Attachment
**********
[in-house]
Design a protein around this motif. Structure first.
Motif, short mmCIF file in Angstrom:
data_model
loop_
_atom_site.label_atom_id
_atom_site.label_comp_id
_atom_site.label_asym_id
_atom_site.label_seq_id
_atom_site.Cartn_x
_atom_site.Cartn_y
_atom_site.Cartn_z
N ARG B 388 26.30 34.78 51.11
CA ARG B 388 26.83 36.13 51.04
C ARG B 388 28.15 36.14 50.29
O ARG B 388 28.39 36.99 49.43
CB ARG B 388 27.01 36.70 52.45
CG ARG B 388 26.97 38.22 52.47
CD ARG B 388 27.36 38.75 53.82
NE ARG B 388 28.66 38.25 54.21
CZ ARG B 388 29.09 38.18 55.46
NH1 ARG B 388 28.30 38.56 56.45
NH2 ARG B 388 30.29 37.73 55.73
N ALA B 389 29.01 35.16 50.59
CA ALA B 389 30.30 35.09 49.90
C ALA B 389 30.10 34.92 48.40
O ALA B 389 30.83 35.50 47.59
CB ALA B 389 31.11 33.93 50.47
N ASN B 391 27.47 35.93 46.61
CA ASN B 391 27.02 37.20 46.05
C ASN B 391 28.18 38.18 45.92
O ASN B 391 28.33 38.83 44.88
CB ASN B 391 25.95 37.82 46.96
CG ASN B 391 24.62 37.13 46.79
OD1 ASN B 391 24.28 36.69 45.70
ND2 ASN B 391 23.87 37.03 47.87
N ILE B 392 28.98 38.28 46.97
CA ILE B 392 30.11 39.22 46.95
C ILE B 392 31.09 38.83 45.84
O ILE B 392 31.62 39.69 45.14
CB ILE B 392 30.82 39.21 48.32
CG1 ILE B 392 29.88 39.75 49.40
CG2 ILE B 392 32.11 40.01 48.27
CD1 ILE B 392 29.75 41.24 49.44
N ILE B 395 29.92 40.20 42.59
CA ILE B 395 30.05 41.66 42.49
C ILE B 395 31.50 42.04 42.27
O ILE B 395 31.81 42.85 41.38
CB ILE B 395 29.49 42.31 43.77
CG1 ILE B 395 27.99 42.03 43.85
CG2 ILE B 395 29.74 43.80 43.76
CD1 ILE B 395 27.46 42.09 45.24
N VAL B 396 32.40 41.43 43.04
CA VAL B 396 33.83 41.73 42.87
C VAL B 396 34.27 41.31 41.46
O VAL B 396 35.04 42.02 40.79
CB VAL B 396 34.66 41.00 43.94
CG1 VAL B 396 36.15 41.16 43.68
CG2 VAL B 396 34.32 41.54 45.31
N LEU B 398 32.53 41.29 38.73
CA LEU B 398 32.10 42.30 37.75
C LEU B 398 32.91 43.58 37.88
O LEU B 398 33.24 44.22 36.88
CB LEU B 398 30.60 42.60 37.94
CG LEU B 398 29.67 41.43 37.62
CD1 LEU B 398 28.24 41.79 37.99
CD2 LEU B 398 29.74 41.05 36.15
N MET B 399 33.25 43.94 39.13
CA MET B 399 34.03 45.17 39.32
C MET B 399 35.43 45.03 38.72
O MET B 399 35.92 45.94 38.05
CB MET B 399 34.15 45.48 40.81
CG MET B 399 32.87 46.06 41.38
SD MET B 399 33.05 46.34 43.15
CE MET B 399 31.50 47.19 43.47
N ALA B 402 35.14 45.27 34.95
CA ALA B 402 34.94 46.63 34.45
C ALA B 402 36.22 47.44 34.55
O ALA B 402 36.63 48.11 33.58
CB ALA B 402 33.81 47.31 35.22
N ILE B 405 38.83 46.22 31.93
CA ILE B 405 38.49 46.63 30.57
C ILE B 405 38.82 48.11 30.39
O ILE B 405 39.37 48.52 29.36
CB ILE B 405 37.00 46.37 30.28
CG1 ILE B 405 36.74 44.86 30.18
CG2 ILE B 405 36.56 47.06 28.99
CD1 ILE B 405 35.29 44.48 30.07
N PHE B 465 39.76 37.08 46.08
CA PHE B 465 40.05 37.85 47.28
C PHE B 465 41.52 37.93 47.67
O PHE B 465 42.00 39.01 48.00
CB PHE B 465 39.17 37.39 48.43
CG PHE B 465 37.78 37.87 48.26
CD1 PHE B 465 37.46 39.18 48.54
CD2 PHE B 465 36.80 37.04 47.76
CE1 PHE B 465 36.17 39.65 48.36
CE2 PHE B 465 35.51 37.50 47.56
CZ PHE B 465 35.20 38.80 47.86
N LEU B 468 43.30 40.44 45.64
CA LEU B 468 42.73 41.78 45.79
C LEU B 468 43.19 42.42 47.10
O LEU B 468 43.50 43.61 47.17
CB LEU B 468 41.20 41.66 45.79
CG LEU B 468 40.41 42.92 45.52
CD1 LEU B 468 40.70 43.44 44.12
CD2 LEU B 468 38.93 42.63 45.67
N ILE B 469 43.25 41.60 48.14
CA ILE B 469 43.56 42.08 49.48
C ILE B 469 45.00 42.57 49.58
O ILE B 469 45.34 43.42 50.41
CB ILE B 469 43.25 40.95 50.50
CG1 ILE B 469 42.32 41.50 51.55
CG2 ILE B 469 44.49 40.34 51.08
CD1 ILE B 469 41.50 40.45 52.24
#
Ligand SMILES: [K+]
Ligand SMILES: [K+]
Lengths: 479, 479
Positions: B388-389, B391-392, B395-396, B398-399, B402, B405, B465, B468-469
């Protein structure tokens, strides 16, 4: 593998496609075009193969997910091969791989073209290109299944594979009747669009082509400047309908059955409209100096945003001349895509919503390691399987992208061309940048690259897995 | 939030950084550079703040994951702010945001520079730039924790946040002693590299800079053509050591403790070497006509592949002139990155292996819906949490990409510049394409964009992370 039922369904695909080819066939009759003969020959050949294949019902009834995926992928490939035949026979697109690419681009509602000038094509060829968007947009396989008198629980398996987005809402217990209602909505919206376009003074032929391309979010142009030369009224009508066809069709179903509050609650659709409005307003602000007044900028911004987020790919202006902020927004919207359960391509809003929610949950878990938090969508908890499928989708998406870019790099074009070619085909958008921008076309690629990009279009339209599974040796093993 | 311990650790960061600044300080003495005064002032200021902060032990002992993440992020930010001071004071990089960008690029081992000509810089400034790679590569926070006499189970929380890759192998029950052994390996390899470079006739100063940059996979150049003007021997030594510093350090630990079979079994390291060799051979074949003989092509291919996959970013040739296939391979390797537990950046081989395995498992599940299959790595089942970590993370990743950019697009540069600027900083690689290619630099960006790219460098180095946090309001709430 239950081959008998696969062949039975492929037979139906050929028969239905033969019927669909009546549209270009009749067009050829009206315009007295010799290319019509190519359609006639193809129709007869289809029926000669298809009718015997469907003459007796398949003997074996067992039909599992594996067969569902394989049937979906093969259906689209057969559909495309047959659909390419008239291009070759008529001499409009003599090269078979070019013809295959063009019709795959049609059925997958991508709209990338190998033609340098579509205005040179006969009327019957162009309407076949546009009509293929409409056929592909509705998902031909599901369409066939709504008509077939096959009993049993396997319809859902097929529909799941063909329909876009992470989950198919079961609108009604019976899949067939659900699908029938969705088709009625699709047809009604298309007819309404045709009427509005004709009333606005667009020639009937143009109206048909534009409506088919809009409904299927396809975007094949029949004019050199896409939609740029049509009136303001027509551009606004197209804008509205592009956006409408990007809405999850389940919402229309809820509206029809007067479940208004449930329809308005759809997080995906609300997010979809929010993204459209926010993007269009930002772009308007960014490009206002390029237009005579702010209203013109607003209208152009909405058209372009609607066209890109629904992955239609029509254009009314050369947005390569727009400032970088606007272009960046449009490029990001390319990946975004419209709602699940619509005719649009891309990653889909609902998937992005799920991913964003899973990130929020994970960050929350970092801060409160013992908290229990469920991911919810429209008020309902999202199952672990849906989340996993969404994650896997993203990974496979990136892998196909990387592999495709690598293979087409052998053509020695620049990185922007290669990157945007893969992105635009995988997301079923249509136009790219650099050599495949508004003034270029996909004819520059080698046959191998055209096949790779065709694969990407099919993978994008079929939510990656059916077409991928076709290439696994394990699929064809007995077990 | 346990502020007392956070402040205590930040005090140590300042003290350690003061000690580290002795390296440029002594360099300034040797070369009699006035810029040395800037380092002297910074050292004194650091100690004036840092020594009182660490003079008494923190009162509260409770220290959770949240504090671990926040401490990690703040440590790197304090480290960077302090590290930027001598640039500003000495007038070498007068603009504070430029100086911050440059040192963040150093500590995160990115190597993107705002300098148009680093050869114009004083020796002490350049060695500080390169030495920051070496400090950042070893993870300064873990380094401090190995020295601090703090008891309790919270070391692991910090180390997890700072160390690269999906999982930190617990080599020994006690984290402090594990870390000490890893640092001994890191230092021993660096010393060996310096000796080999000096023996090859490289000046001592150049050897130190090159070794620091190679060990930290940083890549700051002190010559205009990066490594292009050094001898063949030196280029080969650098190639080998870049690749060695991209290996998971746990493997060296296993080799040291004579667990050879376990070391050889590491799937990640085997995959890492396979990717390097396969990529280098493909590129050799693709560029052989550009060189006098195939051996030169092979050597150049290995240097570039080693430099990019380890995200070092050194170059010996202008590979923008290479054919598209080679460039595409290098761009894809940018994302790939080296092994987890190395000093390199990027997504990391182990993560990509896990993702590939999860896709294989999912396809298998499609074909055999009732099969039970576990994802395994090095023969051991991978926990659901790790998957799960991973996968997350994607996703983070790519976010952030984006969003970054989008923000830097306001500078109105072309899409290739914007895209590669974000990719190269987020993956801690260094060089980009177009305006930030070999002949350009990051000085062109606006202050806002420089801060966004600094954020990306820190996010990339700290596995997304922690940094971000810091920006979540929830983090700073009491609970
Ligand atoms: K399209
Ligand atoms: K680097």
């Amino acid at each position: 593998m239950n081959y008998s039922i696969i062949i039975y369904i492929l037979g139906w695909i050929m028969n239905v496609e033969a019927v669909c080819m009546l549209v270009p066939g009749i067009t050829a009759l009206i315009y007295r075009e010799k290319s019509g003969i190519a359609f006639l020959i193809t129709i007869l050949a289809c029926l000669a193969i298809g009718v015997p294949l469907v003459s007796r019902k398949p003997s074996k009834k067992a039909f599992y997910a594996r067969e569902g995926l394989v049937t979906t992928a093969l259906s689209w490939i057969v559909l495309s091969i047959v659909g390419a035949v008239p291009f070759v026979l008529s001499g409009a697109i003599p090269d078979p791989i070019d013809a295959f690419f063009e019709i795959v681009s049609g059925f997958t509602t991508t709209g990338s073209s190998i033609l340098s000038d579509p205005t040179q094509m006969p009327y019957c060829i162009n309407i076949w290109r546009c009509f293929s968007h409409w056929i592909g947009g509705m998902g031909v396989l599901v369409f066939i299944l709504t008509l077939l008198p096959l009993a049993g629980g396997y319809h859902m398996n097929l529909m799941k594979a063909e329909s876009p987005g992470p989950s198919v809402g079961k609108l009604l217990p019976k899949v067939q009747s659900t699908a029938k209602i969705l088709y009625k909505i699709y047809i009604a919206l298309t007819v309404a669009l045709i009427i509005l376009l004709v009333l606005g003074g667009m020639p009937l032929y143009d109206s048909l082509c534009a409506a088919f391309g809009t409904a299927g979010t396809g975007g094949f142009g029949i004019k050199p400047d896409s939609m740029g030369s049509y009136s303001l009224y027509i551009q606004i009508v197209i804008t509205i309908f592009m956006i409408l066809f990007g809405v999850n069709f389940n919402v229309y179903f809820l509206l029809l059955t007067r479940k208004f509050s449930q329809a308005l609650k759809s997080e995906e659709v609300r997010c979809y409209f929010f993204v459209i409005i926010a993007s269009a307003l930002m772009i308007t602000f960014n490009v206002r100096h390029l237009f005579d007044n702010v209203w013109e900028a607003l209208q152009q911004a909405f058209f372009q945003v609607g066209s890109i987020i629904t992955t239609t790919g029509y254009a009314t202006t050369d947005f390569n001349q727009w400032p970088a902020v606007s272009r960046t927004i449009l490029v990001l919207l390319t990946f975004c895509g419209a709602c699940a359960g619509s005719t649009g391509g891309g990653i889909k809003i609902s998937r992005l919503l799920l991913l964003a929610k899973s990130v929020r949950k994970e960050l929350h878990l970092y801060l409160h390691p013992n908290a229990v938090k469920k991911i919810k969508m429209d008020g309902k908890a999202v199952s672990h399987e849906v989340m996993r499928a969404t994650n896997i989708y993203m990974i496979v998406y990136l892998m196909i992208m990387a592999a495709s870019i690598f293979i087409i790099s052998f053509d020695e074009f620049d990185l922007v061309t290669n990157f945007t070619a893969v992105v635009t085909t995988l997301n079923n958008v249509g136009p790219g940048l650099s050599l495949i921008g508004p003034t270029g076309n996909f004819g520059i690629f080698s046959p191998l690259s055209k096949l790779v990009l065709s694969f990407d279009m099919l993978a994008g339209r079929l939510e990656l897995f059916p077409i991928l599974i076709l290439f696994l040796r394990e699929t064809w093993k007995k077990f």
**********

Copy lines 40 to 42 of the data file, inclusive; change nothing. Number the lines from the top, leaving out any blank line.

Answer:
O ILE B 392 31.62 39.69 45.14
CB ILE B 392 30.82 39.21 48.32
CG1 ILE B 392 29.88 39.75 49.40